Net Neutrality Group Targets Dems and Republicans

Fight for the Future is taking the gloves off in its effort to battle the Republican-controlled FCC's party line vote to roll back net neutrality rules and deed primary 'net regulatory authority to the FTC and Justice Department.

It has launched the web site, which asks its 'net followers to vote out lawmakers--Republicans and Democrats--who do not join a Democrat-led effort to use the Congressional Review Act to nullify that rule rollback, saying holdouts are "betraying" the public.

The FCC voted 3-2 on Dec. 14 to reclassify ISPs as Title I information services, not Title II telecoms subject to common carrier regulation, and to eliminate rules against blocking, throttling and paid prioritization.

Fight For the Future wants Congress to nullify the Restoring Internet Freedom order, just as Republicans did with several Obama-era rules, including the Democratic-led FCC's broadband privacy order. That is a nonstarter with most of the Republicans who control Congress and generally favor the rule rollback, but there were some Republicans who had issues with that rollback, and only a simple majority is needed to approve a CRA resolution.

The Web site will keep a running tally of legislators who have signed on to the CRA, and those who have not. It wants followers to sign a pledge to vote against those not supporting the CRA. That pledge reads: “Dear Congress: Unless you vote for a CRA to overturn the FCC net neutrality vote, I will not vote for you. I have given my phone number to Fight for the Future, who will text me your voting record on the eve of your next election.”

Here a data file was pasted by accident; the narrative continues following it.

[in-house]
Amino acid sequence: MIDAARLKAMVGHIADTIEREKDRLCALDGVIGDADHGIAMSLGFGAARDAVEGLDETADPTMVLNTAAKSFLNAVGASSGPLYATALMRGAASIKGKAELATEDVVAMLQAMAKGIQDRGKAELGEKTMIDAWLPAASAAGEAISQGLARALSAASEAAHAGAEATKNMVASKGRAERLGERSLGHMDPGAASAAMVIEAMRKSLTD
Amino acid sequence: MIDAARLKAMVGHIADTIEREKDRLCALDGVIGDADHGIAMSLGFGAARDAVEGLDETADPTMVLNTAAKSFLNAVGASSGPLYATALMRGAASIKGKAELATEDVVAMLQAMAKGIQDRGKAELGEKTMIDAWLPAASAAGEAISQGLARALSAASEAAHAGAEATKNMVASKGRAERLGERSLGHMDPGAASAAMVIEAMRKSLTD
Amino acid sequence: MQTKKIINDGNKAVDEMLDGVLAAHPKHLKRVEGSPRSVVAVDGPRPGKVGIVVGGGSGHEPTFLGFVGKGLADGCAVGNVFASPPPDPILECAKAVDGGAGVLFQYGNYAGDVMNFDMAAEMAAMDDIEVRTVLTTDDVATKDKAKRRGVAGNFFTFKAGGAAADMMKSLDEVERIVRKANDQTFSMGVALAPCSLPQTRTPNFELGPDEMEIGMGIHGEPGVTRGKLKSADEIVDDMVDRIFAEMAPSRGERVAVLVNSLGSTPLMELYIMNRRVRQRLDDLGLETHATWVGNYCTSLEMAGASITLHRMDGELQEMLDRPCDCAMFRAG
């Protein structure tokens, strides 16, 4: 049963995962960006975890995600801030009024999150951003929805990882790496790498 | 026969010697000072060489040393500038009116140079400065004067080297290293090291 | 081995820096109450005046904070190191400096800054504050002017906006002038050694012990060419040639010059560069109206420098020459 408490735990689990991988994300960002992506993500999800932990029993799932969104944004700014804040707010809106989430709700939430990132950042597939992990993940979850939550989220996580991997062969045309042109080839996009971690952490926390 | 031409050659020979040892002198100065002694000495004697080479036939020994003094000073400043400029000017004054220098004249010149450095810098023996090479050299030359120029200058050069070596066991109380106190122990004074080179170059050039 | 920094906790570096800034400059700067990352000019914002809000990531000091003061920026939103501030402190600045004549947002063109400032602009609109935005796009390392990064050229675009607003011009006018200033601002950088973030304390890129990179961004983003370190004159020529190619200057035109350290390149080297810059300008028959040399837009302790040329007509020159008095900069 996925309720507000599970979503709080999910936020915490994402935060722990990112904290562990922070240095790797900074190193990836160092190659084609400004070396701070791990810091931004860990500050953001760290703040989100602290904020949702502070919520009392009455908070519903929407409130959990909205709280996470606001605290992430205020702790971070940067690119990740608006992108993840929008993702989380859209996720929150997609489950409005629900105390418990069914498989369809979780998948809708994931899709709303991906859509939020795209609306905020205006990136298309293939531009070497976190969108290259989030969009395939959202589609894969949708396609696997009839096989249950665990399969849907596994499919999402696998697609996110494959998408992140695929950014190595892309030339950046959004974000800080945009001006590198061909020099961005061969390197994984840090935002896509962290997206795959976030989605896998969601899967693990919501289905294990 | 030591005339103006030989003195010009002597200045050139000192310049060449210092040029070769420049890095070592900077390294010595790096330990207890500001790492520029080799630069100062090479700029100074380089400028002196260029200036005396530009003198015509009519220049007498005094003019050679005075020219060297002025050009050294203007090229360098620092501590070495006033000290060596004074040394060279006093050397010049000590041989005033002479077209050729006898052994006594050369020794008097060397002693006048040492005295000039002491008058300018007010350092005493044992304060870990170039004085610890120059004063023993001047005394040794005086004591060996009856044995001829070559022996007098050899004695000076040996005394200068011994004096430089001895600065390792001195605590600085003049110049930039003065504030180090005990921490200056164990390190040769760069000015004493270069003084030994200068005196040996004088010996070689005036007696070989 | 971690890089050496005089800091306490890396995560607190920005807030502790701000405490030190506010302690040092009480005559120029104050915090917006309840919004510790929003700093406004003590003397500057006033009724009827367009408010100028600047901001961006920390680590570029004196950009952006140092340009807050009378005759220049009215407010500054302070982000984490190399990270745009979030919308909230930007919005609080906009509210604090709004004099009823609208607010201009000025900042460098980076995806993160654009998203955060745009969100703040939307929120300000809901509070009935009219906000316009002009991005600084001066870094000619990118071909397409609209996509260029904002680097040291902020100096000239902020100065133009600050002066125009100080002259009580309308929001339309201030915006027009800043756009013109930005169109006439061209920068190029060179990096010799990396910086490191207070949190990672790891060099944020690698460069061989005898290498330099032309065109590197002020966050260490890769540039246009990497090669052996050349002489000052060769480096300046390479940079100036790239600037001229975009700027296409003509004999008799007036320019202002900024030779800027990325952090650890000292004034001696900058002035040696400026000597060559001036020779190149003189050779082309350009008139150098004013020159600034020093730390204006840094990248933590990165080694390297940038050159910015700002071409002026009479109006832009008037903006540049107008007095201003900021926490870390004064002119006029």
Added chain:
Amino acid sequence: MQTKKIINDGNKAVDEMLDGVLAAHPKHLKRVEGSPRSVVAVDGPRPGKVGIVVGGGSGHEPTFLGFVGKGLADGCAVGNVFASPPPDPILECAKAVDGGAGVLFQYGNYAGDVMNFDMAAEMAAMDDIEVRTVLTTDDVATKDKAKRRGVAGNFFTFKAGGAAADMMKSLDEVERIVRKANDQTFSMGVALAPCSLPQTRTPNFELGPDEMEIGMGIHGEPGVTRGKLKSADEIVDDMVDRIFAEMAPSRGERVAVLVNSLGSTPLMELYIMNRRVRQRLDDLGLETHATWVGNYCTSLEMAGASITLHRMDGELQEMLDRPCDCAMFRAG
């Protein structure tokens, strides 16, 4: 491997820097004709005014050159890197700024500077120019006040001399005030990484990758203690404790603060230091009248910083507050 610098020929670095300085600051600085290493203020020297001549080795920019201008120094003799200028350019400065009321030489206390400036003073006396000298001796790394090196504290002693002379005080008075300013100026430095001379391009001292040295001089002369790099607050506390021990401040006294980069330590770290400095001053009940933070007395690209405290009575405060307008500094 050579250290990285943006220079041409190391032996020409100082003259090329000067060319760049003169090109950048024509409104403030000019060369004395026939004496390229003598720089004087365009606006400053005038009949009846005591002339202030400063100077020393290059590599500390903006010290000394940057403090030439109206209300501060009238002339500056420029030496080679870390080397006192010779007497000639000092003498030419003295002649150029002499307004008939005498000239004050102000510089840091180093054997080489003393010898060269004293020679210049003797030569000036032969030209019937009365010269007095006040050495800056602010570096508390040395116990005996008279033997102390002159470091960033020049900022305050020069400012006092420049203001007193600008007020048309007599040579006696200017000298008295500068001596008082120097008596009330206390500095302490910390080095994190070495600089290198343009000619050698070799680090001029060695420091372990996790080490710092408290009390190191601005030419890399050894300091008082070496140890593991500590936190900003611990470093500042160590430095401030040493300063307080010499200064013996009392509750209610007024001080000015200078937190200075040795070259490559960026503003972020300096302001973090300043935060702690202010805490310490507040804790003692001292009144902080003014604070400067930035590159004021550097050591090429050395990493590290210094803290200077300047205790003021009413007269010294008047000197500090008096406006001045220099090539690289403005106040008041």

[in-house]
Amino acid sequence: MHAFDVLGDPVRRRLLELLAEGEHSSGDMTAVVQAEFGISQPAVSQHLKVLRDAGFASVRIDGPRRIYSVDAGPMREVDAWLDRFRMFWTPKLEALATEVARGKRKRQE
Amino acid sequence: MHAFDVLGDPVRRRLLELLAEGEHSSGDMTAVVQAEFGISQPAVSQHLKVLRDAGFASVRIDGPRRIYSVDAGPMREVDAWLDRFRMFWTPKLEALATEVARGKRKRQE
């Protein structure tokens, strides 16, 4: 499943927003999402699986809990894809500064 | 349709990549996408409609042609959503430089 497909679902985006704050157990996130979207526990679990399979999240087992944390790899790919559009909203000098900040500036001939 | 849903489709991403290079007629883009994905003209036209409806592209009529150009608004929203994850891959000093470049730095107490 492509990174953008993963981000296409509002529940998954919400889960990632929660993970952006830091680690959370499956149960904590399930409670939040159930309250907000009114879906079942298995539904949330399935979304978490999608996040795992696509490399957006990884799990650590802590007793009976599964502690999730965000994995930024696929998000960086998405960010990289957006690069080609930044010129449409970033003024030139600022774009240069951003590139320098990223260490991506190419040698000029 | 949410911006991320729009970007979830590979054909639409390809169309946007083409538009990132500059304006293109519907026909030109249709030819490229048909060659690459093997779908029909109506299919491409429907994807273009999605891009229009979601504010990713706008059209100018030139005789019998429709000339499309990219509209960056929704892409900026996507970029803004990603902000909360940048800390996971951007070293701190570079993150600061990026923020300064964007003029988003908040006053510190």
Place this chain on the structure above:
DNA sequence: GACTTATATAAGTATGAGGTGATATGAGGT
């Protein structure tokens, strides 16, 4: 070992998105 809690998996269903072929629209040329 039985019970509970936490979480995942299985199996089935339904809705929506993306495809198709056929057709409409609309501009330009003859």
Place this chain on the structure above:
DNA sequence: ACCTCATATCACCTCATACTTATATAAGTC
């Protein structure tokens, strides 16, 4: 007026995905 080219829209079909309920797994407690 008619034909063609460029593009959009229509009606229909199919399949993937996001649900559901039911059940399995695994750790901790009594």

"Any lawmaker that ignores the overwhelming consensus among tech experts and this level of public outcry doesn’t deserve to be in office," says Fight for the Future campaign director Evan Greer. "News outlets keep asking whether net neutrality will be an election issue in 2018. We are going to make it one.”

Sen. Ed Markey (D-Mass.), one of Congress' most ardent Title II supporters, is among those leading the CRA charge. Following the Dec. 14 vote he joined with more than a dozen other senators to back a CRA that would undo the Restoring Internet Freedom decision, pointing out that the order was upheld by a federal court.

That is true, but the court essentially confirmed the FCC had had the authority to change course and reclassify under Title II.

Presumably by the same logic, it could change course again, as it has, so long as the decision was legally defensible and not arbitrary and capricious.

But Markey does not see the decision as defensible. “With this CRA, Congress can correct the Commission’s misguided and partisan decision and keep the internet in the hands of the people, not big corporations," he said. "Our Republicans colleagues have a choice - be on the right side of history and stand with the American people who support net neutrality, or hold hands with the big cable and broadband companies who only want to supercharge their profits at the expense of consumers and our economy.”

Backing the CRA move in addition to Fight for the Future are Demand Progress and Free Press Action Fund (

John Eggerton

Contributing editor John Eggerton has been an editor and/or writer on media regulation, legislation and policy for over four decades, including covering the FCC, FTC, Congress, the major media trade associations, and the federal courts. In addition to Multichannel News and Broadcasting + Cable, his work has appeared in Radio World, TV Technology, TV Fax, This Week in Consumer Electronics, Variety and the Encyclopedia Britannica.